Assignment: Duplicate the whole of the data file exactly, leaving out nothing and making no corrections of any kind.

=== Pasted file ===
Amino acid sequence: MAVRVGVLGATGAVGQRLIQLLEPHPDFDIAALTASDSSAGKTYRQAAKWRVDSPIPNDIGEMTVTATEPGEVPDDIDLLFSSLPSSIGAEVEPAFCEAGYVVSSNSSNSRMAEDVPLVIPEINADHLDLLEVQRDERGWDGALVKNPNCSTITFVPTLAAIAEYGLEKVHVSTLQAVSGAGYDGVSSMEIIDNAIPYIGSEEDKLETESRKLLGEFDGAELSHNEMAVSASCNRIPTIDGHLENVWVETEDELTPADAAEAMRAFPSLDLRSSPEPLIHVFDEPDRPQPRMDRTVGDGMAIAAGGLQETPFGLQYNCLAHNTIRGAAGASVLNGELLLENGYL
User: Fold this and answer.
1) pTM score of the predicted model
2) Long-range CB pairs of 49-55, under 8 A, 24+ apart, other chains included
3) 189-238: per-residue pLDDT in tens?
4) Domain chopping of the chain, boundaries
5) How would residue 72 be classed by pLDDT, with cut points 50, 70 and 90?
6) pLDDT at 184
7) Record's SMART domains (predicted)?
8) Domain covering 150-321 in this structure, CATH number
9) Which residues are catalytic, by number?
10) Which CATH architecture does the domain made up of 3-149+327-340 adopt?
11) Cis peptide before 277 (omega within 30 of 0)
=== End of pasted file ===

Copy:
Amino acid sequence: MAVRVGVLGATGAVGQRLIQLLEPHPDFDIAALTASDSSAGKTYRQAAKWRVDSPIPNDIGEMTVTATEPGEVPDDIDLLFSSLPSSIGAEVEPAFCEAGYVVSSNSSNSRMAEDVPLVIPEINADHLDLLEVQRDERGWDGALVKNPNCSTITFVPTLAAIAEYGLEKVHVSTLQAVSGAGYDGVSSMEIIDNAIPYIGSEEDKLETESRKLLGEFDGAELSHNEMAVSASCNRIPTIDGHLENVWVETEDELTPADAAEAMRAFPSLDLRSSPEPLIHVFDEPDRPQPRMDRTVGDGMAIAAGGLQETPFGLQYNCLAHNTIRGAAGASVLNGELLLENGYL
User: Fold this and answer.
1) pTM score of the predicted model
2) Long-range CB pairs of 49-55, under 8 A, 24+ apart, other chains included
3) 189-238: per-residue pLDDT in tens?
4) Domain chopping of the chain, boundaries
5) How would residue 72 be classed by pLDDT, with cut points 50, 70 and 90?
6) pLDDT at 184
7) Record's SMART domains (predicted)?
8) Domain covering 150-321 in this structure, CATH number
9) Which residues are catalytic, by number?
10) Which CATH architecture does the domain made up of 3-149+327-340 adopt?
11) Cis peptide before 277 (omega within 30 of 0)